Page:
October 9th, 2019

Adventure programs: Learning to confront and overcome fears

By Phyllis Hanlon

The benefits of engaging in outdoor activities have been well documented. The American Academy of Pediatrics (AAP) suggests that play in an outdoor environment enables children “…to explore both their world and their own minds.” AAP adds that outdoor activity can enhance “…creativity, curiosity and associated developmental advances.” Some residential schools are embracing this message and offer a variety of adventure and wilderness programs for children with behavioral issues. The residential program at Mountain Valley Treatment Center in Plainfield, New Hampshire, accepts children with a variety of diagnoses, from anxiety, obsessive-compulsive disorder (OCD) and depression to autism, eating disorders, and [More]

June 1st, 2012

Advice given to avoid professional legal pitfalls

By Jennifer E Chase

In a profession regulated by rules and boundaries established by governing bodies (and often, more personal ones practitioners impose on themselves), the legal issues that ensnare today’s psychologist far outnumber what faced their predecessors just 10 years ago. But according to experts in the field – folks who are used to doling out advice to those who dole out advice – pre-emptive thought about one’s actions can mean the difference between legal safety and a legal snafu. Milton L. Kerstein is a 25-year attorney and a managing partner at Kerstein, Coren and Lichtenstein, LLP, in Wellesley, Mass., where he counsels [More]

April 1st, 2017

Advocates worry about Medicaid reforms

By Janine Weisman

The state of Maine is seeking federal permission to limit the eligibility of “able bodied” adults for Medicaid benefits to five years among other coverage restrictions designed to lower costs. Maine Commissioner of Health and Human Services Mary C. Mayhew announced the state’s intention to seek demonstration waivers from the federal government in a Jan. 25 letter to then-incoming U.S. Secretary of Health and Human Services Tom Price posted on her state department’s Web site. The waivers would allow Maine to implement a series of proposed reforms changing the benefits and type of access Mainers have to MaineCare, as the [More]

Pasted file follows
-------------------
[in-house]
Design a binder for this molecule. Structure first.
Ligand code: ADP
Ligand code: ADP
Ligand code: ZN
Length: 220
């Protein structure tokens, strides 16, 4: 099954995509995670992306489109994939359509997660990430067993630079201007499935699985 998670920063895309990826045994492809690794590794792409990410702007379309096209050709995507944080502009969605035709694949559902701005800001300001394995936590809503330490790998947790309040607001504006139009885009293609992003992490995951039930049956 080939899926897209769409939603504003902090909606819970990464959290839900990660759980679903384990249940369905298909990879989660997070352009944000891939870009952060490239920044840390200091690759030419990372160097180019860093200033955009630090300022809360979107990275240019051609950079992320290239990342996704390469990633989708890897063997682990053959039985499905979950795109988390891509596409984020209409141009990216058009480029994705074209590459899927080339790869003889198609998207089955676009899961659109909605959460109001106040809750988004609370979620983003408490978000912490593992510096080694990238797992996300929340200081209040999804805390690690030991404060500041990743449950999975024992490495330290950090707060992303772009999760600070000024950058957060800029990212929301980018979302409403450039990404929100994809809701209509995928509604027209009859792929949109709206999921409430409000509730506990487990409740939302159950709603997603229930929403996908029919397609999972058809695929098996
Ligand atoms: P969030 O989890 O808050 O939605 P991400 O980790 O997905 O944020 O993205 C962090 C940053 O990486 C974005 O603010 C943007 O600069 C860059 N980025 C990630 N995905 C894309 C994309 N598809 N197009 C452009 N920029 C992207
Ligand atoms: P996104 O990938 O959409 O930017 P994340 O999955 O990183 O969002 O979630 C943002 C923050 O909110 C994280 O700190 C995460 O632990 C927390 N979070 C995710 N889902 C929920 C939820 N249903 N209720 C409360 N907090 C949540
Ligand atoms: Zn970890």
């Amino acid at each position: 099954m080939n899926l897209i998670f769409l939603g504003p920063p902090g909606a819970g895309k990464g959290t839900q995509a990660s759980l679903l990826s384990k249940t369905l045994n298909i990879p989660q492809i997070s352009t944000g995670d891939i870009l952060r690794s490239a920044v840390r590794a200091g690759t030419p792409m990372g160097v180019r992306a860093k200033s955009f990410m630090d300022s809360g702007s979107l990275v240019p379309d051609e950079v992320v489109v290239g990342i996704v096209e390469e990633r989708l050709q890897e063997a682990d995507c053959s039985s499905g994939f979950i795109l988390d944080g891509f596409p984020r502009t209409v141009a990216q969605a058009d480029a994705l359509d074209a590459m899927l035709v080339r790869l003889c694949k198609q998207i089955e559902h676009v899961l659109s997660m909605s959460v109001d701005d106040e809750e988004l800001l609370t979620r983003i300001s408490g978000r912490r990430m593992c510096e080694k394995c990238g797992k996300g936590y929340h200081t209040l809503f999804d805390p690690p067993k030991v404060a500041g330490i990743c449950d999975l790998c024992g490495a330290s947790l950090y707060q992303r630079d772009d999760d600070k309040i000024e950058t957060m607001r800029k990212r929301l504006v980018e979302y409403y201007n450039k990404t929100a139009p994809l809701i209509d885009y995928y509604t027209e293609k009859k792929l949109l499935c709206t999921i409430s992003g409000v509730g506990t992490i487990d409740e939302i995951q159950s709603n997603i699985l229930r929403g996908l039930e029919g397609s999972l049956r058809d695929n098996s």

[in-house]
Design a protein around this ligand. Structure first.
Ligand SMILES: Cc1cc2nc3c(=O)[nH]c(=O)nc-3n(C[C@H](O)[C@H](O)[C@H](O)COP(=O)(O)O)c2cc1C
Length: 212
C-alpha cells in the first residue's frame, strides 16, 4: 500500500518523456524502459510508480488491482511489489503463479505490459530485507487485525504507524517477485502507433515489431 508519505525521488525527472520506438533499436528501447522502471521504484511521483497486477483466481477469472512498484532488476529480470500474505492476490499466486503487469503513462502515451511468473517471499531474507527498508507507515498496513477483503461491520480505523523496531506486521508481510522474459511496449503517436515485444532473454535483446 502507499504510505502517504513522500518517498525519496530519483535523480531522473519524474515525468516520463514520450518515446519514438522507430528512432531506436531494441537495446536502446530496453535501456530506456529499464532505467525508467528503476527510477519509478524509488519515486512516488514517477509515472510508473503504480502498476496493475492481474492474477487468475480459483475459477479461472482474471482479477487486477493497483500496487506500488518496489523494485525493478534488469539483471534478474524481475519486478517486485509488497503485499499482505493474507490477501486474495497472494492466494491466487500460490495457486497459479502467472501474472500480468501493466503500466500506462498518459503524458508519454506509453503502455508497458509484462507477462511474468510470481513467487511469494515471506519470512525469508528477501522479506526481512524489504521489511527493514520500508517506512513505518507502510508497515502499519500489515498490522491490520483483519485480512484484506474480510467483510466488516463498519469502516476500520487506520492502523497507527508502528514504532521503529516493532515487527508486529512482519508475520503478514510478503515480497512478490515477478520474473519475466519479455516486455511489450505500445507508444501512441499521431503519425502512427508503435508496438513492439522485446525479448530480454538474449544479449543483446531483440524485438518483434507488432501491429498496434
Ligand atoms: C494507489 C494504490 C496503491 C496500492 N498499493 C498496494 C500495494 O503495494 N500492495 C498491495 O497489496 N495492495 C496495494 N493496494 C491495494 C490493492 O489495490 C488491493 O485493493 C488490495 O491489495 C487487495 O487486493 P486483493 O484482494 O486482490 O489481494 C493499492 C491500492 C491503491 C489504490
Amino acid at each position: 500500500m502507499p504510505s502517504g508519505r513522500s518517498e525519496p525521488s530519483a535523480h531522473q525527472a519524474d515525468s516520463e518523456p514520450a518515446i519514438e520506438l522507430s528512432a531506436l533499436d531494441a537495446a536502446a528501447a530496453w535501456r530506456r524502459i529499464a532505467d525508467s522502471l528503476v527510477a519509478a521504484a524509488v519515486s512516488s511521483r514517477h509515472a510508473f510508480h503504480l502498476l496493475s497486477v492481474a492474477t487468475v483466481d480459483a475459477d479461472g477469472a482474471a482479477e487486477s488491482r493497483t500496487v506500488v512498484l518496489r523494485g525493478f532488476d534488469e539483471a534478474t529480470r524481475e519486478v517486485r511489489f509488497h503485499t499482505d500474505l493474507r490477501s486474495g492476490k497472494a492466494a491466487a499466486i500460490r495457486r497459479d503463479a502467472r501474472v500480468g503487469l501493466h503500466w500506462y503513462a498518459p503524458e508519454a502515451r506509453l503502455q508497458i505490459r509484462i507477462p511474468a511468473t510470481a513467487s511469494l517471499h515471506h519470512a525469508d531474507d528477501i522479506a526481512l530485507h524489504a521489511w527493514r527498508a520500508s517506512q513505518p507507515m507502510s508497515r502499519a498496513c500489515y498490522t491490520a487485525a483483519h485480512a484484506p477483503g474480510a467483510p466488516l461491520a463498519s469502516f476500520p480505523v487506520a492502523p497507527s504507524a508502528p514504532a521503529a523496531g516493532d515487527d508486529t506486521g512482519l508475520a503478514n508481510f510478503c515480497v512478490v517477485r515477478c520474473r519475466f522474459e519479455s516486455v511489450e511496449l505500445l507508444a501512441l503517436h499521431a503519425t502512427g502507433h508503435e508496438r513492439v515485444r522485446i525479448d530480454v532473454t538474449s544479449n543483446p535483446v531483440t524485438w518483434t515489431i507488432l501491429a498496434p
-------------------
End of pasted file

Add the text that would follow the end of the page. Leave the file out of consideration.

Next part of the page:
June 1st, 2017

Agencies investigate Whiting Forensic Division

By Rivkela Brodsky

There are several ongoing investigations into allegations of patient abuse at the Whiting Forensic Division of Connecticut Valley Hospital, a public hospital in Middletown, Conn., for the treatment of people dealing with mental illness. Connecticut’s Department of Public Health, the Department of Mental Health & Addiction Services, and the Office of Protection and Advocacy for Persons with Disabilities are all investigating these allegations. All three departments will confirm the investigation but will not confirm or provide any other details – if and how many employees have been suspended, and how many patients are at the hospital, citing the ongoing investigation. [More]

December 1st, 2013

Agencies investigated

By Pamela Berard

The state of Maine stopped MaineCare payments to two behavioral health service agencies pending investigation of fraud allegations and is helping approximately 500 affected clients find alternative providers while the investigation is on-going. In late September, the state stopped MaineCare payments to Umbrella Mental Health Services and AngleZ Behavioral Health Services, both located in the central part of the state, after receiving a credible allegation of fraud for the agencies, says John A. Martins, director, Public and Employee Communications, Maine Department of Health and Human Services (DHHS). Martins could not specifically detail the allegations or how they were received, but [More]